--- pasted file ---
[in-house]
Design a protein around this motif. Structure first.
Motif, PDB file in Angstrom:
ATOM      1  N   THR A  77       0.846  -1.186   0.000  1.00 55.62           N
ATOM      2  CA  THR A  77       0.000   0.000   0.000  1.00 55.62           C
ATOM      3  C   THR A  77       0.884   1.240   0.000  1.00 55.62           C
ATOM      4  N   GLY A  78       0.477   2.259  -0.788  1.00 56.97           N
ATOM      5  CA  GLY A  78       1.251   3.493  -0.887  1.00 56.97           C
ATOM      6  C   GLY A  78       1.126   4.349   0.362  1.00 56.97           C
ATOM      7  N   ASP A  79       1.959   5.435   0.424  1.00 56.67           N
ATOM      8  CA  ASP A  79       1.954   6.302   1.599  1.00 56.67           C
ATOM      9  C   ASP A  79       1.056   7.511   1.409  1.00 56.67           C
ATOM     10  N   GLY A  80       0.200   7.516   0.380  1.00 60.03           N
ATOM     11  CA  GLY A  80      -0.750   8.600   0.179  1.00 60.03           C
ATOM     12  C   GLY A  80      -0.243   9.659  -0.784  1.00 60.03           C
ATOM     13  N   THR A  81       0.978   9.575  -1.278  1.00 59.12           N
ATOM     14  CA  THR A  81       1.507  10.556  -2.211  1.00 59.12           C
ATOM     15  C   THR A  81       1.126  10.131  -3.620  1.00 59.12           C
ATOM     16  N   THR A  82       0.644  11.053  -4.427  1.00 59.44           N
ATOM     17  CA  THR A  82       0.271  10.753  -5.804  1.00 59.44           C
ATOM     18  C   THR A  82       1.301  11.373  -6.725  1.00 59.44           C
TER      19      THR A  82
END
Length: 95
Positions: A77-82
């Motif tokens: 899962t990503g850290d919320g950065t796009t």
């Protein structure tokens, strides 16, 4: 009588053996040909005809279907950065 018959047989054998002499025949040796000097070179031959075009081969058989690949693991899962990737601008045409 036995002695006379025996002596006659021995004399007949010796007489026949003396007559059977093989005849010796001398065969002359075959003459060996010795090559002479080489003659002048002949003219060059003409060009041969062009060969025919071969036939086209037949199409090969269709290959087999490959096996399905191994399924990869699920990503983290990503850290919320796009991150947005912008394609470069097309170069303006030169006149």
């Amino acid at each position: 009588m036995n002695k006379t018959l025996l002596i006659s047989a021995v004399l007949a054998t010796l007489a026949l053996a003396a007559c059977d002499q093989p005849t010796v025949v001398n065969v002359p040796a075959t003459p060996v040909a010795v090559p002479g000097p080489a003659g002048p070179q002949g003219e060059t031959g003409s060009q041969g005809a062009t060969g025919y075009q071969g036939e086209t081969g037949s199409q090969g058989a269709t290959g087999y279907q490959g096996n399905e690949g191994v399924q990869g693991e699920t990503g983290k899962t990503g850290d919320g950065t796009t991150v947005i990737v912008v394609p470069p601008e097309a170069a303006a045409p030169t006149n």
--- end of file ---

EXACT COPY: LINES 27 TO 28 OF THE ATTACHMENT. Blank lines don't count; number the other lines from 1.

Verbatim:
């Protein structure tokens, strides 16, 4: 009588053996040909005809279907950065 018959047989054998002499025949040796000097070179031959075009081969058989690949693991899962990737601008045409 036995002695006379025996002596006659021995004399007949010796007489026949003396007559059977093989005849010796001398065969002359075959003459060996010795090559002479080489003659002048002949003219060059003409060009041969062009060969025919071969036939086209037949199409090969269709290959087999490959096996399905191994399924990869699920990503983290990503850290919320796009991150947005912008394609470069097309170069303006030169006149």
């Amino acid at each position: 009588m036995n002695k006379t018959l025996l002596i006659s047989a021995v004399l007949a054998t010796l007489a026949l053996a003396a007559c059977d002499q093989p005849t010796v025949v001398n065969v002359p040796a075959t003459p060996v040909a010795v090559p002479g000097p080489a003659g002048p070179q002949g003219e060059t031959g003409s060009q041969g005809a062009t060969g025919y075009q071969g036939e086209t081969g037949s199409q090969g058989a269709t290959g087999y279907q490959g096996n399905e690949g191994v399924q990869g693991e699920t990503g983290k899962t990503g850290d919320g950065t796009t991150v947005i990737v912008v394609p470069p601008e097309a170069a303006a045409p030169t006149n």